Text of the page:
Mark A. Lopes, Roger R. Coleman, and Edward J. Cremata Dose-Response (2021)
The concern over x-ray exposure risks can overshadow the potential benefit of radiography, especially in cases where manual therapy is employed. Spinal malalignment cannot be accurately visualized without imaging. Manual therapy and the load tolerances of injured spinal tissues raise different criteria for the use of x-rays for spinal disorders than in medical practice. Current regulatory bodies rely on radiography risk assessments based on Linear-No-Threshold (LNT) risk models. There is a need to consider radiography guidelines for chiropractic which are different from those for medical practice. Radiography practice guidelines are summaries dominated by frequentist interpretations in the analysis of data from studies. In contrast, clinicians often employ a pseudo-Bayesian form of reasoning during the clinical decision-making process. The overrepresentation of frequentist perspectives in evidence-based practice guidelines alter decision-making away from practical assessment of a patient’s needs, toward an overly cautious standard applied to patients without regard to their risk/benefit likelihoods relating to radiography. Guidelines for radiography in chiropractic to fully assess the condition of the spine and spinal alignment prior to manual therapy, especially with high velocity, low amplitude spinal manipulation (HVLA-SM), should necessarily differ from those used in medical practice.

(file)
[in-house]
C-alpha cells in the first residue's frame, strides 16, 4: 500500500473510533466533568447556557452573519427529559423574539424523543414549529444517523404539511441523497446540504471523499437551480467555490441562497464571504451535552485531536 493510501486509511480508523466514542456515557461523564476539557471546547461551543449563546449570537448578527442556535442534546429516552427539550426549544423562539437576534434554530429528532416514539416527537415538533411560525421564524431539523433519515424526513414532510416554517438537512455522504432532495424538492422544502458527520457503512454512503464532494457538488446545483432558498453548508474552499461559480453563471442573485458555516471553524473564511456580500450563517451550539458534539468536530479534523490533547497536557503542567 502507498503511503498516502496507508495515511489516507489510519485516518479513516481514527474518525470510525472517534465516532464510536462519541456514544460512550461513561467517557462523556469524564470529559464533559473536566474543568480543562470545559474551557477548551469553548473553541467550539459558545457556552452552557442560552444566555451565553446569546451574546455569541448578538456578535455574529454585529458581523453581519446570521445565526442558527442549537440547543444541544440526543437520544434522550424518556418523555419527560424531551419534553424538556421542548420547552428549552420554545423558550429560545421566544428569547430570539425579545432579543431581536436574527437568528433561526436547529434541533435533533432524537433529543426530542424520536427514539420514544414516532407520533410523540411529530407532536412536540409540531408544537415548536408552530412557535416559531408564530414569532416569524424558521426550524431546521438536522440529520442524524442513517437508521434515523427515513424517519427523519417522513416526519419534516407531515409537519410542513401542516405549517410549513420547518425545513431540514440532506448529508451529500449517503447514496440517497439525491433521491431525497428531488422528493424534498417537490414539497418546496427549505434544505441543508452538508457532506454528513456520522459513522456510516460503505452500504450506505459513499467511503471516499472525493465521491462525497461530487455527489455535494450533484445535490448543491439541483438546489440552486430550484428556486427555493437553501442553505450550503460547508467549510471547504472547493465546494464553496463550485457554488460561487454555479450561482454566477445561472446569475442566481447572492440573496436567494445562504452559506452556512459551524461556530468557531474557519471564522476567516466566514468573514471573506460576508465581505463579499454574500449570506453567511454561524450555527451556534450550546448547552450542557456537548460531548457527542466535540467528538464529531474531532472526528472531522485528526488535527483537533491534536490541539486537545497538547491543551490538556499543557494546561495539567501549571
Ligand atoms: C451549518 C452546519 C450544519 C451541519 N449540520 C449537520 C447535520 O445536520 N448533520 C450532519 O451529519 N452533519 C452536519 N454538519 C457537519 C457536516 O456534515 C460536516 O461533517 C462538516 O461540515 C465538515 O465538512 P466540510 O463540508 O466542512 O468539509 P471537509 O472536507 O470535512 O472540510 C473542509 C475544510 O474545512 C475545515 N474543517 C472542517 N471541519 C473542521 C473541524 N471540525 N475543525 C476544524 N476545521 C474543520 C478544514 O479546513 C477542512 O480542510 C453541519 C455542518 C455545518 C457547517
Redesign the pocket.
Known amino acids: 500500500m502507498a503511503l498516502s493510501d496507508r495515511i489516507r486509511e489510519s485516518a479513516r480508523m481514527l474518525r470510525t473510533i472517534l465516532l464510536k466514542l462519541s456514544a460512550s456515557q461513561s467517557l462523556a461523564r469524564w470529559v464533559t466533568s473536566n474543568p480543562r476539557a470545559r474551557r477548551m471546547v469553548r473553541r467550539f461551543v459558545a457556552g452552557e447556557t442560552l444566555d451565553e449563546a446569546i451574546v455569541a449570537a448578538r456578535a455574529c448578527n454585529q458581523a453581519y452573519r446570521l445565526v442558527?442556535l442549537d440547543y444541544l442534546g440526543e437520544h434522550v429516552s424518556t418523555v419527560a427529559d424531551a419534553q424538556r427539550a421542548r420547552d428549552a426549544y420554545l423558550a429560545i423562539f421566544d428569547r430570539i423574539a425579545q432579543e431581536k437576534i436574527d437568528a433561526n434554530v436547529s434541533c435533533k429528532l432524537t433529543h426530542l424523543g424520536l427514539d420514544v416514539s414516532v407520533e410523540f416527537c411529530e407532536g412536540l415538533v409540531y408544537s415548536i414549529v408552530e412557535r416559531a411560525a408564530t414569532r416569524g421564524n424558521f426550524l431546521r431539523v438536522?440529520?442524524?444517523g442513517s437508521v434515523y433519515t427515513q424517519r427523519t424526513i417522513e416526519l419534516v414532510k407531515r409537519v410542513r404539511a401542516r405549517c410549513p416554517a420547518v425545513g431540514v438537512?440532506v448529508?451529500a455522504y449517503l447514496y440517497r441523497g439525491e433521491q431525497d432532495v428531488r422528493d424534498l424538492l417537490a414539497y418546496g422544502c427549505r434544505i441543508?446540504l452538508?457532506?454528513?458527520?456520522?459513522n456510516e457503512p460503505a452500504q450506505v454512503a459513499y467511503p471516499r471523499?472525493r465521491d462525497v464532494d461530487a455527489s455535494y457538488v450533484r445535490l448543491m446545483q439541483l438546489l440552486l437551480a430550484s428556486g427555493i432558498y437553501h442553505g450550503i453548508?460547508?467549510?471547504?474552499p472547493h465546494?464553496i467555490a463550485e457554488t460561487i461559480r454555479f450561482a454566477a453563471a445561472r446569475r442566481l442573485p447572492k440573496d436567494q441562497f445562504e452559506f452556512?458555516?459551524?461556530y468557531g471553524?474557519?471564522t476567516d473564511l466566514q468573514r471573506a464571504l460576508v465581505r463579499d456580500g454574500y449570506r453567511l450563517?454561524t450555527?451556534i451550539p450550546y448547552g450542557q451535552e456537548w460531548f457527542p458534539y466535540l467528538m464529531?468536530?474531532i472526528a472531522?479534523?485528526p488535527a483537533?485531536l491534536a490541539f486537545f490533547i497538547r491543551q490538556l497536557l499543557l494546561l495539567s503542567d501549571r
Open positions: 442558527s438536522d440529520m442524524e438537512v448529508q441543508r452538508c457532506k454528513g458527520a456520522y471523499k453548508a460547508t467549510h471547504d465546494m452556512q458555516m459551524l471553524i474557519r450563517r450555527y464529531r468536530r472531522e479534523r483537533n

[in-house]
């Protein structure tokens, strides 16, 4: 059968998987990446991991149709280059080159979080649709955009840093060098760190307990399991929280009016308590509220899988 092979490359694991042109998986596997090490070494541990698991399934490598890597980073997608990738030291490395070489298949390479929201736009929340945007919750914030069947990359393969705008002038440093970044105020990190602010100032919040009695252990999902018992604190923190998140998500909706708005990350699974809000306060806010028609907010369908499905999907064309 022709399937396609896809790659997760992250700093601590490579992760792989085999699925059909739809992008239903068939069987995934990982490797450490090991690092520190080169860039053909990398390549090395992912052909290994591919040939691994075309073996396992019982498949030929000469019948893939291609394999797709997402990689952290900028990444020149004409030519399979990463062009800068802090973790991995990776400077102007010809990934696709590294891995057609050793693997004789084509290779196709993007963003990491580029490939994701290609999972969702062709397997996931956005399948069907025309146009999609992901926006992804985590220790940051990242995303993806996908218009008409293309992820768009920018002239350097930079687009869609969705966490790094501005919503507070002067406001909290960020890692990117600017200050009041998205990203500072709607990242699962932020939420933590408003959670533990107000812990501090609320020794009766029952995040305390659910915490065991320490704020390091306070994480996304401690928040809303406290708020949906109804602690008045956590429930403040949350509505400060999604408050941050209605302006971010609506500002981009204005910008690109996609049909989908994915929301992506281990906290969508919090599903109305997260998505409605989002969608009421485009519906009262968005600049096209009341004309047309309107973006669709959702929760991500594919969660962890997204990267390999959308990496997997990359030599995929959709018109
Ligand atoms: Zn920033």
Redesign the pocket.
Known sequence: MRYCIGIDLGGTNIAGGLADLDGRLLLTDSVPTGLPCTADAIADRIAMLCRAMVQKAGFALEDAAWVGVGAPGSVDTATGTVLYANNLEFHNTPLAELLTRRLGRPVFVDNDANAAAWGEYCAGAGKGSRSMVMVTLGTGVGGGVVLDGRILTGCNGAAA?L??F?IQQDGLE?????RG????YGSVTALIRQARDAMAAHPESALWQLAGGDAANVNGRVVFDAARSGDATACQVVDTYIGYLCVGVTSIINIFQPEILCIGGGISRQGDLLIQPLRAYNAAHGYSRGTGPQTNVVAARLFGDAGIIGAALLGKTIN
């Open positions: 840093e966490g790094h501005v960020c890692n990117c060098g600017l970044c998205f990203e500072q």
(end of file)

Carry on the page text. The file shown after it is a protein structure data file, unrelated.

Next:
Evidence-Based Imaging Guidelines for Chiropractic Biomechanical Spine Care, Reconsideration of X-Ray Exposure Risks, and Practical Applications of Research Evidence
Mark A Lopes Journal of Alternative Complementary & Integrative Medicine
Evidence-based imaging guidelines in chiropractic are used in policy-making to direct practitioners in their usage of imaging, especially with radiology. The practical application of these policies is often at odds with conventional approaches to biomechanically based chiropractic spine care. Many factors are involved in the different perspectives on the use of imaging between factions in the chiropractic profession, such as the importance of evidence of the biomechanics of spinal conditions on imaging, the risks versus benefits of x-ray examinations, the goals of care, interpretations of data from research, and the practical applications of the research findings. First, the perceived risks of very low dose radiation exposures from x-rays in health care must be reconsidered with regard to their effects in humans. Second, a more practical application of data analyses from research is needed than the prevailing current approach. And third, the biomechanical conditions of previously injured spines in patients who present for chiropractic spine care should, when possible, be examined by imaging prior to applying forces from spinal manipulation or adjustments to ensure optimal safety and effectiveness.
Pelvic Rotation Calculator App